>
    >Or, if epochdate is a variable, you could use that in a VBA
    >expression.
    >
    >Or, you could even use it in a calculated field in a query.
     
    Steve Holdoway, Feb 3, 2004
    #6
  7. In article <>, Steve Holdoway <> wrote:
    >On Tue, 03 Feb 2004 00:00:22 -0600, Marshall Barton
    ><> wrote:

    *SNIP*
    >>>> DateAdd("s", epochdate, #1/1/1970#)

    >i thought *nixes used that for the start of the epoch, but M$ uses
    >1/1/1980.
    >

    *SNIP*

    I thought MS used 1/1/1900, to be honest. And the time figures are
    around the 3b mark, which would be about right.
    I'll keep 1/1/1980 in mind, though, since the manufacturer of the
    software hasn't come back to me on what their epoch date is - I suspect
    I'll have to try several possibilities.

    --
    Matthew Poole Auckland, New Zealand
    "Veni, vidi, velcro...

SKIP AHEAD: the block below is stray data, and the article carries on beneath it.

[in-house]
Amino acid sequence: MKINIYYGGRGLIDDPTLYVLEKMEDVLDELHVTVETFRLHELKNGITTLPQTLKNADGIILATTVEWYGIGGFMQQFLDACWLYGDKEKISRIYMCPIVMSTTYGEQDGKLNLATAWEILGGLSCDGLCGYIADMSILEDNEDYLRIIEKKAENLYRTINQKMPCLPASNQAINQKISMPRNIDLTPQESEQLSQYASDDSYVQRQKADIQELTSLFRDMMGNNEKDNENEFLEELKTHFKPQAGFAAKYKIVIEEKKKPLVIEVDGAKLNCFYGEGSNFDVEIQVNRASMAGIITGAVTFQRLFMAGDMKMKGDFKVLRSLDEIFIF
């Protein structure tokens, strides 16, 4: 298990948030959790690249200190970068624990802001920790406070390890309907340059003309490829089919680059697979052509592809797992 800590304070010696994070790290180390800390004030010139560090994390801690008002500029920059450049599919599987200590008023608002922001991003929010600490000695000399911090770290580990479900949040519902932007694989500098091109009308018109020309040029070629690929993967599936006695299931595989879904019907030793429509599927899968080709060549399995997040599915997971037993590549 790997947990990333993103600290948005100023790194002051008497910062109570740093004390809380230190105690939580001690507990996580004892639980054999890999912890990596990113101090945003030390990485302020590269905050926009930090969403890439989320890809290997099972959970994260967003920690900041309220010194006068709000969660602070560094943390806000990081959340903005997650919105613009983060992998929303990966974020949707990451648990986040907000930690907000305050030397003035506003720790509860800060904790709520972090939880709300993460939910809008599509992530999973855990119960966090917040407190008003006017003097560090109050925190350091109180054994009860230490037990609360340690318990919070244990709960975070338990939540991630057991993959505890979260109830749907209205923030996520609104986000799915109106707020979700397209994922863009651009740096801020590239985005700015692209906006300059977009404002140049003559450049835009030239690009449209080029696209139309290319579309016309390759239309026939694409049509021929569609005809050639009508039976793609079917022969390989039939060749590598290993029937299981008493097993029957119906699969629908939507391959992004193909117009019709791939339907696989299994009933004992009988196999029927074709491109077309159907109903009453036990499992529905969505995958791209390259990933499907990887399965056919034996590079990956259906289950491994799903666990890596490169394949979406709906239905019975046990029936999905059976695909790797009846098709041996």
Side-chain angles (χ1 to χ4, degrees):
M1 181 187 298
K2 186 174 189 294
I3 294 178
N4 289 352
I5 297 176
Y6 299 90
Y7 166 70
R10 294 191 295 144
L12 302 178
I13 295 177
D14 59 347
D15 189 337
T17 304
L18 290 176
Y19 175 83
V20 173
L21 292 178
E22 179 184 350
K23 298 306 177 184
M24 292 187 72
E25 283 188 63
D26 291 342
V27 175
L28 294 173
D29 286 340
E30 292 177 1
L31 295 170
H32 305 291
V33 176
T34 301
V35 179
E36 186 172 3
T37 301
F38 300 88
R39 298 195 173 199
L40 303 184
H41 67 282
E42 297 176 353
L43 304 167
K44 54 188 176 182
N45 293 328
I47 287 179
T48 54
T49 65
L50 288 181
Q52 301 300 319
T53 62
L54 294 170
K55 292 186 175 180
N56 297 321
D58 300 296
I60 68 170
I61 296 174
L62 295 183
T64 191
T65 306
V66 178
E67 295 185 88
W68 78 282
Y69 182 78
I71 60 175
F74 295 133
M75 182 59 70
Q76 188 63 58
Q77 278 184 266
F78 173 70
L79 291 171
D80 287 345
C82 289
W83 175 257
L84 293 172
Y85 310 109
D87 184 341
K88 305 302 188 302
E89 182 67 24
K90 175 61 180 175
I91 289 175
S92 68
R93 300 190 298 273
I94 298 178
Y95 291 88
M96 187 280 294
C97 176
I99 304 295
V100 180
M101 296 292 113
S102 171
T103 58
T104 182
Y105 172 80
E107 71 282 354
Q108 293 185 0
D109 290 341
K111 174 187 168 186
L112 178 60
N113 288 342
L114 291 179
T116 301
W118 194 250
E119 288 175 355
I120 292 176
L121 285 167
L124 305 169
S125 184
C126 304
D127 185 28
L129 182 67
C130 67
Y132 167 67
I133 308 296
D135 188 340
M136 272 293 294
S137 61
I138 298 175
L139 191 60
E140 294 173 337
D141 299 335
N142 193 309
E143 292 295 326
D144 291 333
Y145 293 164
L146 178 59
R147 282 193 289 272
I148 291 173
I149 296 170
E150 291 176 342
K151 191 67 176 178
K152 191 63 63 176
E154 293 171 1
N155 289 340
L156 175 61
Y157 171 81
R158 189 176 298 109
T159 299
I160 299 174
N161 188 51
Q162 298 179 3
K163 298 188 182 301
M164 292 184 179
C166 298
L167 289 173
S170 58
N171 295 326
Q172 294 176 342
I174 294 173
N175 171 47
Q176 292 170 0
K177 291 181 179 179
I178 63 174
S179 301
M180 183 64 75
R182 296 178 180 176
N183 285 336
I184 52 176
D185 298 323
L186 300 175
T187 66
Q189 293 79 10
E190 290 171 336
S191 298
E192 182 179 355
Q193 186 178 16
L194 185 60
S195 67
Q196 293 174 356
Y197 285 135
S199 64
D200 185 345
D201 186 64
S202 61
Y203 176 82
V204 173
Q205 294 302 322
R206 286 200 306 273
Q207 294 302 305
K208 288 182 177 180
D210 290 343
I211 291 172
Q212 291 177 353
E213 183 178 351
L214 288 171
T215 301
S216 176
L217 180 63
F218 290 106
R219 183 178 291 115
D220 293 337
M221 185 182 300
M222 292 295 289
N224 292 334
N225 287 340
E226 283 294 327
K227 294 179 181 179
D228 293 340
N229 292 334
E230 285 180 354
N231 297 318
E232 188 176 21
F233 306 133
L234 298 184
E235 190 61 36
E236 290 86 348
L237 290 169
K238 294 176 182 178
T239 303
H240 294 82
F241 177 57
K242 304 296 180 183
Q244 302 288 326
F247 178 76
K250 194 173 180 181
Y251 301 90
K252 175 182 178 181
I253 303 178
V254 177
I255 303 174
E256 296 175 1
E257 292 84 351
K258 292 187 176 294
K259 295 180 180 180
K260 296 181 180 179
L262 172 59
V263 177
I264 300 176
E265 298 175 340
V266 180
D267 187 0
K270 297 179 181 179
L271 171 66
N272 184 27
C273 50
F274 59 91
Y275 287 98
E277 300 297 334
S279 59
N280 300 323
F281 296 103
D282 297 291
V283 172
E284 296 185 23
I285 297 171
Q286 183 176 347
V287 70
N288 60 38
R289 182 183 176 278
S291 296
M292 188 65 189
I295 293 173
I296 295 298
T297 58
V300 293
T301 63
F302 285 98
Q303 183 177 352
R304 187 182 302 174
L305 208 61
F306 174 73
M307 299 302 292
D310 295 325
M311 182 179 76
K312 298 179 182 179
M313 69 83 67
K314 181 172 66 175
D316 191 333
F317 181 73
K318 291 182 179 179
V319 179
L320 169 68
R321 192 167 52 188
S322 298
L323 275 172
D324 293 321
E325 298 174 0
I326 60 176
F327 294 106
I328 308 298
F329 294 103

I came, I saw, I stuck around"

    My real e-mail is mattATp00leDOTnet
     
    Matthew Poole, Feb 3, 2004
    #7
  8. >>>Marshall Barton wrote:
    >>>>Sounds like they may be Unix type dates. Try this kind of
    >>>>expression:
    >>>>
    >>>> DateAdd("s", epochdate, #1/1/1970#)



    Steve Holdoway wrote:
    >i thought *nixes used that for the start of the epoch, but M$ uses
    >1/1/1980.


    Dates in ***Access*** are Days since 30 Dec 1899.

    The base date is easy to determine within whatever system
    you're using, just format 0 as a date.
    --
    Marsh